Sunday, September 9, 2012

Sounds in the Barn

     I can tell by just listening how a horse is being worked.  So the other day I was in my tack room and I could hear my good friend Dian Morris working with a horse.  She was teaching this horse to "square up" and what a delight it was to listen in.  Now I know this training session sounds simple and yes it was but the cool thing was the manner in which Dian worked.
     I would hear the deliberate sounds of Dian working the horse.  The sounds had a cyclical or almost ryhmic quality to them that I liked so I left my tack room and went out to watch.  Dian worked the horse with quiet and confident authority.  She manuevered the horse by a series of blocking moves, appropriate cues and discipline when needed.  Thus the horse was worked efficiently without undue fuss and bother.  Incidentally, I dislike unneccessary energy when working with horses as I think it's very distracting for them.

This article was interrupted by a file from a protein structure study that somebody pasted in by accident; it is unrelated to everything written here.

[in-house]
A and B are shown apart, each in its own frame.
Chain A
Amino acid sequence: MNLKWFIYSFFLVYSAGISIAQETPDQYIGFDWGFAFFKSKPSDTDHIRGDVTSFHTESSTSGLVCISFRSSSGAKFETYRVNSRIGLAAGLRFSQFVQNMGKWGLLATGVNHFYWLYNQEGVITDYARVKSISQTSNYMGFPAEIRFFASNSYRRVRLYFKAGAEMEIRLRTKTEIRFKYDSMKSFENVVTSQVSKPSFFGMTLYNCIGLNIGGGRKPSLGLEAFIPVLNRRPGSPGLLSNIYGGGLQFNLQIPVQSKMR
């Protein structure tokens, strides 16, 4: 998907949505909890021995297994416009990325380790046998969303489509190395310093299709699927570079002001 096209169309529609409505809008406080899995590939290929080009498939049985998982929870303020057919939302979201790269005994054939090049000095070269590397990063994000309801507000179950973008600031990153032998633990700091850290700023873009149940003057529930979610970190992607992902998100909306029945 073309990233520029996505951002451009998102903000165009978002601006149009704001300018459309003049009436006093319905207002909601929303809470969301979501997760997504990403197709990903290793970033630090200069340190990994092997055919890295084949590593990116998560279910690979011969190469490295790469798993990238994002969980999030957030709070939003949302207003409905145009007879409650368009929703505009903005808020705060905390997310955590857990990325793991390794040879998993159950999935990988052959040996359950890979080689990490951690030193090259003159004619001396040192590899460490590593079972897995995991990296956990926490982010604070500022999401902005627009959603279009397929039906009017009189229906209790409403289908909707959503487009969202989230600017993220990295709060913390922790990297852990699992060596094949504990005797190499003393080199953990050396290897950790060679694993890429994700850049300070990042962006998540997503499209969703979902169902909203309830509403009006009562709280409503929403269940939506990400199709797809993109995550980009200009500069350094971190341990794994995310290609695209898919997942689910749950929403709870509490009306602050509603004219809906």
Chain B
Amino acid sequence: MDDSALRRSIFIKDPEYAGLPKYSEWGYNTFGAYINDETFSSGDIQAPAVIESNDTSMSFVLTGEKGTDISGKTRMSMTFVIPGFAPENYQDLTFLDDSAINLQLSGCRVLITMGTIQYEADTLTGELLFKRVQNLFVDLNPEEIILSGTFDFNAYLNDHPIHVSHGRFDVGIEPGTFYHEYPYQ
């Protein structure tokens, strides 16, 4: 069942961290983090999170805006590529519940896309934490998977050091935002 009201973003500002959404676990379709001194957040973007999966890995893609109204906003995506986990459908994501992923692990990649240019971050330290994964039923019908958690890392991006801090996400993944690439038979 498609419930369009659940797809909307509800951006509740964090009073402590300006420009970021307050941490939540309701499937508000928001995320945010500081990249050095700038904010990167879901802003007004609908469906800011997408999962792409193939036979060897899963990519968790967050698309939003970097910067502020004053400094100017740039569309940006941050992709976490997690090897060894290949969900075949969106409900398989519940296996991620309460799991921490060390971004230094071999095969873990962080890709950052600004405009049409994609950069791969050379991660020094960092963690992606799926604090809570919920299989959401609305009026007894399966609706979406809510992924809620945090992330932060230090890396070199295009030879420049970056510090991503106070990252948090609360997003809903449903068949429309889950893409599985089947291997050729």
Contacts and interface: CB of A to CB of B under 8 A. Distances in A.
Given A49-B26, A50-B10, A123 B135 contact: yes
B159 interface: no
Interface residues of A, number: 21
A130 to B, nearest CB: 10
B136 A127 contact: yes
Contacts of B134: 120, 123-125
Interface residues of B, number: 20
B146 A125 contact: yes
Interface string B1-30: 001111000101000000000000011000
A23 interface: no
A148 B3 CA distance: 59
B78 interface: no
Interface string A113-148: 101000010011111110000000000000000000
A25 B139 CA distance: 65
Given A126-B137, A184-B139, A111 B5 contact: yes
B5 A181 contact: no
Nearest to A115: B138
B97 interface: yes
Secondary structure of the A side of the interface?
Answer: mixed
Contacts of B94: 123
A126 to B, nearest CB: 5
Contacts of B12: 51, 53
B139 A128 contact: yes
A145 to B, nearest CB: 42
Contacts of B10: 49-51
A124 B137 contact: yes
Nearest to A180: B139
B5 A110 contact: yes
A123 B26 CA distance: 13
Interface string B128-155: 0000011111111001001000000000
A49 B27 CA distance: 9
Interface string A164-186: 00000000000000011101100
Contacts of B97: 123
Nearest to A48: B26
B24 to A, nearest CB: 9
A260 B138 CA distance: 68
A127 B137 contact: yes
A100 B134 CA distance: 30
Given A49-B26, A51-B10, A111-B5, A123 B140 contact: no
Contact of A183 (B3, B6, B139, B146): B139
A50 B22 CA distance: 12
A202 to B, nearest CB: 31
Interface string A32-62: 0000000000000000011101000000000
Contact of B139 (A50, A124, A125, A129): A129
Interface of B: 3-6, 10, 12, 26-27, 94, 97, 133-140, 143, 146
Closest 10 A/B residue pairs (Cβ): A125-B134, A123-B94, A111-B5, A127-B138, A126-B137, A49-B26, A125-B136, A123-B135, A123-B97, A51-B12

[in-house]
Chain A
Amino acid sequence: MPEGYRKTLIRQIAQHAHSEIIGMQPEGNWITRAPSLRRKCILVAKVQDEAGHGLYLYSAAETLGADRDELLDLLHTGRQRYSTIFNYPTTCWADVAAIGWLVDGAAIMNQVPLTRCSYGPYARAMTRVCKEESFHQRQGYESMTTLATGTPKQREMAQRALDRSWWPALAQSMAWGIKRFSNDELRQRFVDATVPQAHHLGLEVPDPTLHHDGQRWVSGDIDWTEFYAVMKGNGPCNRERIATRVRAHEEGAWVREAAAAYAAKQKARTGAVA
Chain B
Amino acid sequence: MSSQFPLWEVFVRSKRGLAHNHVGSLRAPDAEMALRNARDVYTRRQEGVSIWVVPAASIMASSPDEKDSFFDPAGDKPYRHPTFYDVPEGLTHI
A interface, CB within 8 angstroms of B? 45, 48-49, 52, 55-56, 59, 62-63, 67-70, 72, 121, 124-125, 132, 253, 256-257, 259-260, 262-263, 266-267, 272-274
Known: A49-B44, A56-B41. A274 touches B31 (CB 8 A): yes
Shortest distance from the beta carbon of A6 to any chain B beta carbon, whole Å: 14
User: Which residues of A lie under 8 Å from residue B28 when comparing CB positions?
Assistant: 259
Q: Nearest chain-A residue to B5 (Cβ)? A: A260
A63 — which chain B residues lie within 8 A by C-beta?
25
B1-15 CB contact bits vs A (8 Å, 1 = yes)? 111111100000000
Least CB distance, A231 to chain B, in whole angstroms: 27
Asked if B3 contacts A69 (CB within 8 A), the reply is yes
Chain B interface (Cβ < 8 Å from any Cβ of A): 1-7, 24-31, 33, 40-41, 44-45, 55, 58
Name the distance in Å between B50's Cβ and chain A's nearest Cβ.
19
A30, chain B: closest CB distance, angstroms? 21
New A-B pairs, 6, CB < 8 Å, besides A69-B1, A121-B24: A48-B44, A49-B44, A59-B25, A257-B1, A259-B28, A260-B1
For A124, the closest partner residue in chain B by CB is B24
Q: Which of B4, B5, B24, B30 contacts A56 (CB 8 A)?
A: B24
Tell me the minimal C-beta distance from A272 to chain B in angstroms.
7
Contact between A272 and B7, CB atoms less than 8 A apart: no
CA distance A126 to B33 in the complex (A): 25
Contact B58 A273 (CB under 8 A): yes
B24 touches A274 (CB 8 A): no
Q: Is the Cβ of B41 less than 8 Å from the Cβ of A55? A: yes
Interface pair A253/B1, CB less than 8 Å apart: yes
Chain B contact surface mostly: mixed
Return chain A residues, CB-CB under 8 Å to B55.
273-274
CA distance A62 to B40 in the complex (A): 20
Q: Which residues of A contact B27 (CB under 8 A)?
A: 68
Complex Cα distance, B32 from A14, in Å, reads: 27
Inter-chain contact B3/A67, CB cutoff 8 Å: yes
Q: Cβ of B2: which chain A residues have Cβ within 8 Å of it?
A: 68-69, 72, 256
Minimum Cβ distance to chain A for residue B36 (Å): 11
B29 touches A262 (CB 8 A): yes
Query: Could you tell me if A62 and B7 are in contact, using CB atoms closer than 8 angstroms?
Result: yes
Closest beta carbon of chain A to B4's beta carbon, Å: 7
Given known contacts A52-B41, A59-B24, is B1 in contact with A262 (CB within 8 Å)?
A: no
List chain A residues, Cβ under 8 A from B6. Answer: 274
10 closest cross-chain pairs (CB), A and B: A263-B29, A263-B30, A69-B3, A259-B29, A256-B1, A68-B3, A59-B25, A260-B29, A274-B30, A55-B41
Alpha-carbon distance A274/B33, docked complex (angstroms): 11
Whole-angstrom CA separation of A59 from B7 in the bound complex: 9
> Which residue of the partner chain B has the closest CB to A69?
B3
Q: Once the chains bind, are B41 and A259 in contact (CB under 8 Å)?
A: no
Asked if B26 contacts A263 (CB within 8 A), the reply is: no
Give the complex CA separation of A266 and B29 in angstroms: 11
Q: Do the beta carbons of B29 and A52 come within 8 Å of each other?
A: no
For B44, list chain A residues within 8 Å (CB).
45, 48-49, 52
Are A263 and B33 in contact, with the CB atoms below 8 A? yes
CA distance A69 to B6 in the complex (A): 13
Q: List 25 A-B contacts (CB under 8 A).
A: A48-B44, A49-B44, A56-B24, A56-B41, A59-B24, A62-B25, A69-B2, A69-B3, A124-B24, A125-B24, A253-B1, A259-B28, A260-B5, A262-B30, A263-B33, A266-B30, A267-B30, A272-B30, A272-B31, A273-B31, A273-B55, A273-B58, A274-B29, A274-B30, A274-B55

Another thing I liked was the fluidity of motion and movement that Dian used.  This a mark of quality horsemanship and horses respond very well when worked in this manner.  She also made every move count all the while being completely consistent in her cues.
     Dian and her husband Mo show a lot of wonderful examples in their work, of how top horsemen can train a horse without a lot of the unneccessary commotion that I often see.  They make it easy for the horse to understand what is being asked of them, all the while reinforcing the basics the horse already knows.
     I like always to be positive in my comments about horsemanship but I feel I must point out that some of what is being touted today as good horsemanship is definitely not.  Some of the current methods are poorly thought out or based on old wisdom but being used in a manner that's misunderstood.  The thorough understanding of where and why some ideas came about is being lost or taken out of its original context.  It's a pity that some of what is being taught today is more about making it easier for the human than about teaching the horse. 
     In good horsemanship, the horse must always come first, then everything else falls into place.  Good horsemanship can help you with everything else in your life so if you get a chance to watch good a good horseman who has a solid background work a horse, do it.  Hopefully you will find it enlightening.  One last thought, every good horseman I know, including myself, love to watch other good horsemen work.  See you next week, JD.  

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